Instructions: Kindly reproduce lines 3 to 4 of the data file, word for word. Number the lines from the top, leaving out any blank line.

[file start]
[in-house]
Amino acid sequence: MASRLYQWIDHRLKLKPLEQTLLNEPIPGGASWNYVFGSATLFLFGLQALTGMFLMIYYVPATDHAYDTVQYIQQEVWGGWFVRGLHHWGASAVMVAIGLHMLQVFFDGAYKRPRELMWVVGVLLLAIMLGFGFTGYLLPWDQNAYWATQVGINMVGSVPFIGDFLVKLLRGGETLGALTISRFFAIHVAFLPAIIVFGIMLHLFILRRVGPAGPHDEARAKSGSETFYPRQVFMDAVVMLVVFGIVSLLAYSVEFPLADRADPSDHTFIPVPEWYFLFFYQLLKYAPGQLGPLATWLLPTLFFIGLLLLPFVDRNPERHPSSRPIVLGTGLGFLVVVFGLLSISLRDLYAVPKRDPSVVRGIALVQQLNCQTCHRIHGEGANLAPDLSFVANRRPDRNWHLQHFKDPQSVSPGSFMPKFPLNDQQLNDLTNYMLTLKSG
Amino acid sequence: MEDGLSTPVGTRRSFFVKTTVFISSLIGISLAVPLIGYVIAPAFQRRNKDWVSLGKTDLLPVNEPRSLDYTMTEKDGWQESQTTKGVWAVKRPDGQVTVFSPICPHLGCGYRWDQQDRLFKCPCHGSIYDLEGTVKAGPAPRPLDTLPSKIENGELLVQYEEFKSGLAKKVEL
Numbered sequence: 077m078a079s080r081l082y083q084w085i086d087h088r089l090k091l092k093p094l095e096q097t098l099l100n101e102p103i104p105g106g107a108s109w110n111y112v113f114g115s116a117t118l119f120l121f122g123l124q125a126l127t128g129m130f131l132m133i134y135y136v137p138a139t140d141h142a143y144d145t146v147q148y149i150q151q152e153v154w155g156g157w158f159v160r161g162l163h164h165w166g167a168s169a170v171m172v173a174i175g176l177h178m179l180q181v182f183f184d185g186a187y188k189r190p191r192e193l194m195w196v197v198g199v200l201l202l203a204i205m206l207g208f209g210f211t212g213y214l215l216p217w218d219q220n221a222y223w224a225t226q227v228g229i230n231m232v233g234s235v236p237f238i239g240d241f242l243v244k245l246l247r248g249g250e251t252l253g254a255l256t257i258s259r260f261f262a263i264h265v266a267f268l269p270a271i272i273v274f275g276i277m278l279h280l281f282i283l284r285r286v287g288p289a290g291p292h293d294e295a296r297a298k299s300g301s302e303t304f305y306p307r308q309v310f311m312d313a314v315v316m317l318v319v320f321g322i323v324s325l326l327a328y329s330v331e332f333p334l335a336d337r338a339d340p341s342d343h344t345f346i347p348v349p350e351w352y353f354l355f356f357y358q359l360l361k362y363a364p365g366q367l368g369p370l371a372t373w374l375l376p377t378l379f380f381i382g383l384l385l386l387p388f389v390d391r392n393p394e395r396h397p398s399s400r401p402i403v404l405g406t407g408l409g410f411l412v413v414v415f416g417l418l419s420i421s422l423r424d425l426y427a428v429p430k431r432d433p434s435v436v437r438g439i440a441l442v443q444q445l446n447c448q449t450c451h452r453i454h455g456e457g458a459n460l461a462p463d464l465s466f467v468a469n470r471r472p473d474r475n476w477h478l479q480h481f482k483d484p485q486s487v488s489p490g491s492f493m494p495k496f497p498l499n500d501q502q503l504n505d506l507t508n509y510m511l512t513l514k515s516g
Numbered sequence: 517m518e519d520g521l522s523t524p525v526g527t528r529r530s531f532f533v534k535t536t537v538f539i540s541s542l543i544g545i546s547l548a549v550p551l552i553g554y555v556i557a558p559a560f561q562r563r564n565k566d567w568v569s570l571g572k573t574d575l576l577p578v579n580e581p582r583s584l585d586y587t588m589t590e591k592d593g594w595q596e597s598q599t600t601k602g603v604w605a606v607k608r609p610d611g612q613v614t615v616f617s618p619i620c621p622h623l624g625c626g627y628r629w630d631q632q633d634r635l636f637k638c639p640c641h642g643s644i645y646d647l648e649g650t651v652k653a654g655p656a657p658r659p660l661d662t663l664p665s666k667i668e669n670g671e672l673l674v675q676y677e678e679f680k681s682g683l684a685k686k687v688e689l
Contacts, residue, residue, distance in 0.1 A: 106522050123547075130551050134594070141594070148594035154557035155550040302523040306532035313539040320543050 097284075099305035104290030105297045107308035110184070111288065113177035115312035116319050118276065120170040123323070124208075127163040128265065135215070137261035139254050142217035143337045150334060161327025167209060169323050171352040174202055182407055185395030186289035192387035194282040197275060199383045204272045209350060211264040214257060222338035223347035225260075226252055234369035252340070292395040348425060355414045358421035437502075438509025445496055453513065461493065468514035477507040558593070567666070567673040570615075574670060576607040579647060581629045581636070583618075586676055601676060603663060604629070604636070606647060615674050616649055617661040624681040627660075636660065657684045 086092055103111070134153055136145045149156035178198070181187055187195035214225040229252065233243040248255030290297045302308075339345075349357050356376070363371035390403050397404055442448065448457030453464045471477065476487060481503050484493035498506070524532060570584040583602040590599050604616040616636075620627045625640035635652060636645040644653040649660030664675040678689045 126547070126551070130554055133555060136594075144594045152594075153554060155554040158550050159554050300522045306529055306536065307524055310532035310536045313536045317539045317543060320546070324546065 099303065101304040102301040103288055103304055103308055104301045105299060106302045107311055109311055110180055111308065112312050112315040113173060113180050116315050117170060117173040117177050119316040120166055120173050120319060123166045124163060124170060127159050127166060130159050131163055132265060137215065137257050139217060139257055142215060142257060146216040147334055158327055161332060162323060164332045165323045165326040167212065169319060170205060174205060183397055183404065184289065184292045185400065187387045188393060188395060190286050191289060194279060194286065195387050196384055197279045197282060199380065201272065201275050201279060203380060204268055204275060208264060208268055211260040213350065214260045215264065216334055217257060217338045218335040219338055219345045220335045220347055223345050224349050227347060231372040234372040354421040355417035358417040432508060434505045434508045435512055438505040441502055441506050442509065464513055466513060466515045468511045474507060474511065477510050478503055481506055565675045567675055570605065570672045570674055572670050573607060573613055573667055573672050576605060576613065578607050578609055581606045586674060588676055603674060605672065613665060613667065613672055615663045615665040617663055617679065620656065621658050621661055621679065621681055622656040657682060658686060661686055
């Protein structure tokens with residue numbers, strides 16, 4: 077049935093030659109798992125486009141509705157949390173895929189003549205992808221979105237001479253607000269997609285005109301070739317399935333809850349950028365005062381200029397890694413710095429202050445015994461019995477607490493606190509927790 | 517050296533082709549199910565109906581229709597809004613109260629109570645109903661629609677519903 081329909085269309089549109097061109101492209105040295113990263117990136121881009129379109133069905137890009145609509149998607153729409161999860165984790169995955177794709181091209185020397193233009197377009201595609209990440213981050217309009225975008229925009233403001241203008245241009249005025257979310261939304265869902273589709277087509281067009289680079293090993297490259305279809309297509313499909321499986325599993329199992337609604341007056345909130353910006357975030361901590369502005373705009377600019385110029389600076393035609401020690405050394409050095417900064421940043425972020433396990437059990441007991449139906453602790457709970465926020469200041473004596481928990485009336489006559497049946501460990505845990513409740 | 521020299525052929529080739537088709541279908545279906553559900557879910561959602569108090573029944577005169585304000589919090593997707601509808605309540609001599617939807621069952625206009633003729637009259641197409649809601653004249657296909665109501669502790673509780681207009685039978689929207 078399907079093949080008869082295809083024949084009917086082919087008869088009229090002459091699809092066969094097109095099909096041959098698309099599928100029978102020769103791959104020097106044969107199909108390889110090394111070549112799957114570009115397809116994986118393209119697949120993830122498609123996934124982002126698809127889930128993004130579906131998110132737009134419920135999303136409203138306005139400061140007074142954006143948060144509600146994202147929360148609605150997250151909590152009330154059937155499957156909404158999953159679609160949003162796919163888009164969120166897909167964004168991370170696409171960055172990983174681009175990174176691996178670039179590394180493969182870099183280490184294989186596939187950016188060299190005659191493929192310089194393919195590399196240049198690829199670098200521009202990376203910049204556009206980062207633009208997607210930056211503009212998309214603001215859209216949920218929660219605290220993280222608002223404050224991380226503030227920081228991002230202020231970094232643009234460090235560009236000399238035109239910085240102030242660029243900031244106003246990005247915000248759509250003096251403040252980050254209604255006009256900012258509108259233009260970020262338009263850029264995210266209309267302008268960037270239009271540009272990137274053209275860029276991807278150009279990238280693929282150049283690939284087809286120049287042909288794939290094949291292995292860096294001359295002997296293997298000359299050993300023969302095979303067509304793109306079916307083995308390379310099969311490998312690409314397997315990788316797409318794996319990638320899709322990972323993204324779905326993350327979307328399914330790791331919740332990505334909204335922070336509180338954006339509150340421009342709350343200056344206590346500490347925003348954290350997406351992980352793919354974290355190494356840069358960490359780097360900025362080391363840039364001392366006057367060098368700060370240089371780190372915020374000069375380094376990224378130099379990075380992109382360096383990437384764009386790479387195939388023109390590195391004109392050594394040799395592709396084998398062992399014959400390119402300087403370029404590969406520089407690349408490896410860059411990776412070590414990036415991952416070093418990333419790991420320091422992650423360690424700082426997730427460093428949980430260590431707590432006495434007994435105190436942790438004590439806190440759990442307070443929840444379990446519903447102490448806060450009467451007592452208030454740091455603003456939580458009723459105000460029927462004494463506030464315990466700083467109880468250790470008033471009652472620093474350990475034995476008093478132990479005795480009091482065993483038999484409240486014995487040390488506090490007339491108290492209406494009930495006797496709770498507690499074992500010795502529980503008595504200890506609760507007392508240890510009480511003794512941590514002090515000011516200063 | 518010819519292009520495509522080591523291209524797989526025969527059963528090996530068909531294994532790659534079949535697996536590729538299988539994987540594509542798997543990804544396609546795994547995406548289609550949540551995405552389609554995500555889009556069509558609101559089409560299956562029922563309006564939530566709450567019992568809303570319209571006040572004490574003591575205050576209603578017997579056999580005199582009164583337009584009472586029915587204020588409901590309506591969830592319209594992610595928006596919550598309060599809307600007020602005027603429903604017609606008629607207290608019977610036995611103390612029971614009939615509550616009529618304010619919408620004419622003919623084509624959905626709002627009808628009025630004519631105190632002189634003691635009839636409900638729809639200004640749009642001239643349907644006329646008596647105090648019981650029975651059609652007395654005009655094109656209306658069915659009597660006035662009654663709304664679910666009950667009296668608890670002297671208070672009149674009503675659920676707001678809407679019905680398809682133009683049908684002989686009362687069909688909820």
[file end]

Amino acid sequence: MEDGLSTPVGTRRSFFVKTTVFISSLIGISLAVPLIGYVIAPAFQRRNKDWVSLGKTDLLPVNEPRSLDYTMTEKDGWQESQTTKGVWAVKRPDGQVTVFSPICPHLGCGYRWDQQDRLFKCPCHGSIYDLEGTVKAGPAPRPLDTLPSKIENGELLVQYEEFKSGLAKKVEL
Numbered sequence: 077m078a079s080r081l082y083q084w085i086d087h088r089l090k091l092k093p094l095e096q097t098l099l100n101e102p103i104p105g106g107a108s109w110n111y112v113f114g115s116a117t118l119f120l121f122g123l124q125a126l127t128g129m130f131l132m133i134y135y136v137p138a139t140d141h142a143y144d145t146v147q148y149i150q151q152e153v154w155g156g157w158f159v160r161g162l163h164h165w166g167a168s169a170v171m172v173a174i175g176l177h178m179l180q181v182f183f184d185g186a187y188k189r190p191r192e193l194m195w196v197v198g199v200l201l202l203a204i205m206l207g208f209g210f211t212g213y214l215l216p217w218d219q220n221a222y223w224a225t226q227v228g229i230n231m232v233g234s235v236p237f238i239g240d241f242l243v244k245l246l247r248g249g250e251t252l253g254a255l256t257i258s259r260f261f262a263i264h265v266a267f268l269p270a271i272i273v274f275g276i277m278l279h280l281f282i283l284r285r286v287g288p289a290g291p292h293d294e295a296r297a298k299s300g301s302e303t304f305y306p307r308q309v310f311m312d313a314v315v316m317l318v319v320f321g322i323v324s325l326l327a328y329s330v331e332f333p334l335a336d337r338a339d340p341s342d343h344t345f346i347p348v349p350e351w352y353f354l355f356f357y358q359l360l361k362y363a364p365g366q367l368g369p370l371a372t373w374l375l376p377t378l379f380f381i382g383l384l385l386l387p388f389v390d391r392n393p394e395r396h397p398s399s400r401p402i403v404l405g406t407g408l409g410f411l412v413v414v415f416g417l418l419s420i421s422l423r424d425l426y427a428v429p430k431r432d433p434s435v436v437r438g439i440a441l442v443q444q445l446n447c448q449t450c451h452r453i454h455g456e457g458a459n460l461a462p463d464l465s466f467v468a469n470r471r472p473d474r475n476w477h478l479q480h481f482k483d484p485q486s487v488s489p490g491s492f493m494p495k496f497p498l499n500d501q502q503l504n505d506l507t508n509y510m511l512t513l514k515s516g